Executing a SPARQL query

SPARQL queries can easily be executed using the actor-init-sparql module.

The easiest way to get started is by installing the module as follows:

$ [sudo] npm install -g @comunica/actor-init-sparql

After that, SPARQL queries can be executed as follows:

$ comunica-sparql http://fragments.dbpedia.org/2015-10/en "CONSTRUCT WHERE { ?s ?p ?o } LIMIT 100"

Further documentation for that can be found in the corresponding README.

Data Flow

Here we will describe how the packages interact when solving a SPARQL query, based on the default configuration of actor-init-sparql. The diagram below shows most of the main components that get used and how they interact with each other.

Comunica SPARQL diagram

Below we will give a general overview of the functions these blocks fulfill.

Init SPARQL actor

This actor is the entrypoint. The intialization actor takes care of reading the input and parsing the command line arguments. There are 3 busses that get contacted:

  • SPARQL Parse to parse the input SPARQL string and convert it to SPARQL algebra.
  • Query Operation that takes the algebra as input and converts it into a stream of binding results.
  • SPARQL Serialize to convert the the output to the requested format.

Currently there is only 1 parser actor in Comunica. For the serialization there are more choices, depending on what is preferred and if the output are bindings or triples (in case of a CONSTRUCT query).

Query Operation bus

All actors listening on this bus take care of the possible algebra operations: there is an actor that solves project functions, one for joining, for BGPs, etc. In turn, many of them also call the Query Operation bus to solve the nested functions of the algebra, and then act on the binding results of those nested functions.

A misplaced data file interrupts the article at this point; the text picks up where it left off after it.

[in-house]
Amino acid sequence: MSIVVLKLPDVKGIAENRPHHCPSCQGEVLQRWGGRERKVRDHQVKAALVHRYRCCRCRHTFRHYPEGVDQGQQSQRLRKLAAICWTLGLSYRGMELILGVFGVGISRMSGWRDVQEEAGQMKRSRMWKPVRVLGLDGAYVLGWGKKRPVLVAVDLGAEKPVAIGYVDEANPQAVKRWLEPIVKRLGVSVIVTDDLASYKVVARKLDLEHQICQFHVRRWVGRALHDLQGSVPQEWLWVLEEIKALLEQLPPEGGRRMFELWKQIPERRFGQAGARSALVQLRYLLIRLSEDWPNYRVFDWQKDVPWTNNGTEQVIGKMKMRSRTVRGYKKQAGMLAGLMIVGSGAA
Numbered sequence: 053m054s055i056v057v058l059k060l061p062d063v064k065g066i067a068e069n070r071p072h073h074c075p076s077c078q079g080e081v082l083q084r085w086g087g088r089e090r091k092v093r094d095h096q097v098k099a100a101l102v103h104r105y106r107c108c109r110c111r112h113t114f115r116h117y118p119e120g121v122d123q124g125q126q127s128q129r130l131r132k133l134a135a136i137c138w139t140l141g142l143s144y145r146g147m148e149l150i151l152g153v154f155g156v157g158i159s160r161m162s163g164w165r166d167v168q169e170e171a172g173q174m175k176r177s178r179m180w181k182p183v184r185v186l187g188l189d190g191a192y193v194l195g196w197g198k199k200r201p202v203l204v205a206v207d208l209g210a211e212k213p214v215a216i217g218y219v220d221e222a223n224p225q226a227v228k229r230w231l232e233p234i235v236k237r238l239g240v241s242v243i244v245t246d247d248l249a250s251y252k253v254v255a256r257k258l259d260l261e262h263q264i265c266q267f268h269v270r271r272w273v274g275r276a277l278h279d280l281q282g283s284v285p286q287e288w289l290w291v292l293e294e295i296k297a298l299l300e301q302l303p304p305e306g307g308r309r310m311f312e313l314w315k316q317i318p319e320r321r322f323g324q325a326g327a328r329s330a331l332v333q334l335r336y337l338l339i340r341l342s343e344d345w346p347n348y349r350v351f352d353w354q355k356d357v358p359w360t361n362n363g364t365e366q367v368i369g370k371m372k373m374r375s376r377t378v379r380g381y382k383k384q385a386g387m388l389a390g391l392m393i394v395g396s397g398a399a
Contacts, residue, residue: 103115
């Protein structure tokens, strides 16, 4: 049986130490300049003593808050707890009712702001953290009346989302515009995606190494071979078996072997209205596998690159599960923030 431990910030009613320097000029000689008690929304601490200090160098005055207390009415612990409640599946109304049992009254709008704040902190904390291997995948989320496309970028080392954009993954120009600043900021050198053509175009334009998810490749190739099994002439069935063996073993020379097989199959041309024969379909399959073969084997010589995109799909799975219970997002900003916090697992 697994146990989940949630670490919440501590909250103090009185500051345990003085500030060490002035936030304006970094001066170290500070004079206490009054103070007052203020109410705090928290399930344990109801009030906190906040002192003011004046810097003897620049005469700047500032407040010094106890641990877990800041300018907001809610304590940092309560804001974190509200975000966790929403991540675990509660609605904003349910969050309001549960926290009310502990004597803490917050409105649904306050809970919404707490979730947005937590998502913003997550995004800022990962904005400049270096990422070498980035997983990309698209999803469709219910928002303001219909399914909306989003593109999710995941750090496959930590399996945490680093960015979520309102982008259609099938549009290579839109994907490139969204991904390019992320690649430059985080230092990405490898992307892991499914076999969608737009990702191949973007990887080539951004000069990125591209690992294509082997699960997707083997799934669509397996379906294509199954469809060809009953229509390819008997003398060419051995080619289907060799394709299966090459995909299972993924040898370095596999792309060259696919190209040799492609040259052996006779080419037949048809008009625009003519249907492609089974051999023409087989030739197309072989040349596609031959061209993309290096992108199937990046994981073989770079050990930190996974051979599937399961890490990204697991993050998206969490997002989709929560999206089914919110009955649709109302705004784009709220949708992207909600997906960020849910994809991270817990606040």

Specifically the BGP actor is the one that executes the algorithm on how to best resolve the patterns, similarly as the original TPF algorithm.

One actor that does not call the bus again is Quad Pattern actor, which takes care of resolving single patterns. This is always a leaf node in the algebra tree, and is responsible for getting the actual TPF results.

Resolve Quad Pattern bus

All actors in this bus take a quad pattern as input and return the corresponding bindings (and metadata).

The SPARQL resolver transforms the pattern to a SPARQL query containing that pattern and sends it to an endpoint to get the results. Additionally, a COUNT query gets sent to get the total number of results before resolving the entire stream.

The Federated resolver* splits up the request: for each available source a new request gets generated that gets sent back to the bus. Additionally a cache gets kept for each source to track which source can answer what pattern.

Finally, the QPF resolver gets it bindings through TPF (or QPF), just like the original TPF client does. A stream gets created that can return all corresponding triples, by requesting the next page before the previous one is finished. The resulting triples then get sent to a metadata actor, to separate the metadata triples from the actual data. From that metadata the TPF controls and metadata get extracted. That combination of metadata and bindings then gets sent back as a result.